As a mid-capacity Chinese roadster leaves the AMCN long-term shed it has been replaced by Harley's Fat Bob 114
We’ve had a gaggle of small to mid-capacity bikes through AMCN HQ of late: the Super Soco TC Max, Royal Enfield’s Classic 350, and CFMoto’s 700 CL-X Sport. And while all perfectly capable machinery in their own right, I’d be lying if I said I wasn’t missing a little bit of grunt in the long-term corner of the shed. But now, because Harley-Davidson has flicked us a 2022 Fat Bob 114 for a spell, grunt we have received.
The Fat Bob is one of my favourite Harleys, and I reckon it’s one of the best-handling, best-stopping and most unique machines in the Motor Company’s range. The Softail version of Fat Bob was unleashed on the world back in 2018 when Harley unveiled its all-new Softail platform.
The new Softail frame is a massive leap forward compared to the pre-2018 unit and, despite the Fat Bob’s fat 150/80-16 front tyre and thick 180/70-16 rear tyre, it handles pretty well – and there’s even a relatively good amount of ground clearance for a Harley.
The front-end is adorned with a 43mm non-adjustable USD fork that is just fine for my weight and the speed I ride. The hidden rear monoshock features a remote preload adjuster just below the rider’s right butt cheek, which makes it easy to wind on a bit more preload if you’re carrying luggage or you want to take an enemy for a ride on the wallet-sized pillion seat.
One of my favourite features of the Fat Bob is that it has a twin-disc brake setup on the front. Twin 300mm discs are gripped by a couple of four-piston calipers, and they’re up to the task of pulling up the Fat Bob’s claimed 306kg wet weight. I know some Harley folk are happy to forgo braking performance for looks, but a single disc setup is simply inadequate – it’s double or nothing for me!
When the Fat Bob was released back in 2018 it was available with either the Milwaukee-Eight 107ci or 114ci donk, but these days it’s only available with the Milwaukee-Eight 114ci (1868cc). Unfortunately, Bob missed out on the 117ci upgrade the Breakout and Low Rider S received for 2022. With 71kW (95hp) at 4750rpm and 155Nm at 3500rpm, the 114 is no slouch, but remember grunt is the name of the game here. We want to show you how you can extract more performance without replacing the engine or doing major surgery on it (scroll down for the plan).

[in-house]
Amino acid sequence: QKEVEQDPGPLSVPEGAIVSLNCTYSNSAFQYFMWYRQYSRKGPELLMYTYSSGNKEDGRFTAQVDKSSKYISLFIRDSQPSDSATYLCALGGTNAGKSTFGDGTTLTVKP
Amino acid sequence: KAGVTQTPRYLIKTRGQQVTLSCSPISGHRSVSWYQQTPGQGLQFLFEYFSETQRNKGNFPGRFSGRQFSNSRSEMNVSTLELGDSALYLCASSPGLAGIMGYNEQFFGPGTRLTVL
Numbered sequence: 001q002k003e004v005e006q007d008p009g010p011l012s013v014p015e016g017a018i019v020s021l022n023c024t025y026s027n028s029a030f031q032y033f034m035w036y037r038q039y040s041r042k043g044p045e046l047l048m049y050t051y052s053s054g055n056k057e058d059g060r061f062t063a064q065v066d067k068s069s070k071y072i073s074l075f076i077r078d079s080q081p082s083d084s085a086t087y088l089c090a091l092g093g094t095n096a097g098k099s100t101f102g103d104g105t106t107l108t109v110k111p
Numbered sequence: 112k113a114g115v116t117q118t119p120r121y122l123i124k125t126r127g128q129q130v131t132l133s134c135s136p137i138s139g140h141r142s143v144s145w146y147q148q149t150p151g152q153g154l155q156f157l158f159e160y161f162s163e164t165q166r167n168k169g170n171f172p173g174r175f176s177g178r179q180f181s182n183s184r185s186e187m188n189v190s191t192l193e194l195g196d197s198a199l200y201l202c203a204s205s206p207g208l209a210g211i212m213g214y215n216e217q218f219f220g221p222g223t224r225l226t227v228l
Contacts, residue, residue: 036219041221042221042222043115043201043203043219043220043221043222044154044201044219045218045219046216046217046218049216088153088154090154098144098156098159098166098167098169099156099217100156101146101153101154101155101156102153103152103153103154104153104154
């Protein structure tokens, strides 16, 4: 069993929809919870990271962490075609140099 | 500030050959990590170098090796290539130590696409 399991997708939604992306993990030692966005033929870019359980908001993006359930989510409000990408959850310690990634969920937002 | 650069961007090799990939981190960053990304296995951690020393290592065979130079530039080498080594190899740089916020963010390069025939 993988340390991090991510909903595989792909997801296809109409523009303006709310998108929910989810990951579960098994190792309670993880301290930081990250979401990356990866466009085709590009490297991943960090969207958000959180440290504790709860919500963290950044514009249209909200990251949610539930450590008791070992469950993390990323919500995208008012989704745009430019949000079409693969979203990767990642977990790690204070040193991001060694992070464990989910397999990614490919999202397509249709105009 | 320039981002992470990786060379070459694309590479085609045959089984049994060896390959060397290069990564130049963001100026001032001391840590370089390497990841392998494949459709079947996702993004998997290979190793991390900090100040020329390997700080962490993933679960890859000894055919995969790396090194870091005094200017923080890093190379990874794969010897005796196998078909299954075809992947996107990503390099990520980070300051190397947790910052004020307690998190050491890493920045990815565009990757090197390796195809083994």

The suspension and brakes at both ends are perfectly adequate, so we won’t be mucking about with that side of things unless the extra performance overwhelms them. If so, then we may rip the catalogue out.
So far I’ve put about 600km on the bike, which included some heavy use over the Christmas and New Year period. So far it seems surprisingly frugal on fuel when I’m in highway mode, and I’ll continue to provide accurate consumption figures so we can ascertain how the performance gains have made an impact.
Bob already has a habit of lighting up the rear tyre whenever I launch off the lights, so with the Screamin’ Eagle upgrades and a few runs down the quarter we may need a new rear tyre soon.
The Fat Bob is an excellent city cruiser, although it’s more comfortable than it looks so long runs are on the cards. But don’t worry, we’ll play to its strengths and make it an even better hoon machine with some performance upgrades – no sissy bars here.
Stay tuned for the next installment of adventures with our long term Fat Bob 114.
Anyone who read my test review of the Fat Bob (AMCN Vol 71 No 04) will already know I’m a big fan. But since H-D has also kindly thrown us the key to the parts storeroom, we’ll be adding on some performance parts to make what’s an already great package into an even better one. We can pick what we like from the genuine parts and accessories catalogue, but we’ll focus on maintaining the Fat Bob’s bruiser cruiser image while simultaneously chasing more performance – but not to the point of making it a pig to ride on a daily basis.
We’ll get the Screamin’ Eagle Stage I kit fitted up, which includes a high-flow exhaust system, Heavy Breather Air Cleaner and the Pro Street Tuner before heading out to Western Sydney Dragway’s monthly bike night for a run up the quarter mile. Apart from the performance gains made by the addition of the exhaust system, Bob should sound a whole lot better without deafening those in earshot, too.
Then we’ll fit up the Stage II Torque kit, which includes a Screamin’ Eagle cam, adjustable pushrods and pushrod covers, as well as the associated o-rings and gaskets, and then return to the dragstrip again in to compare times.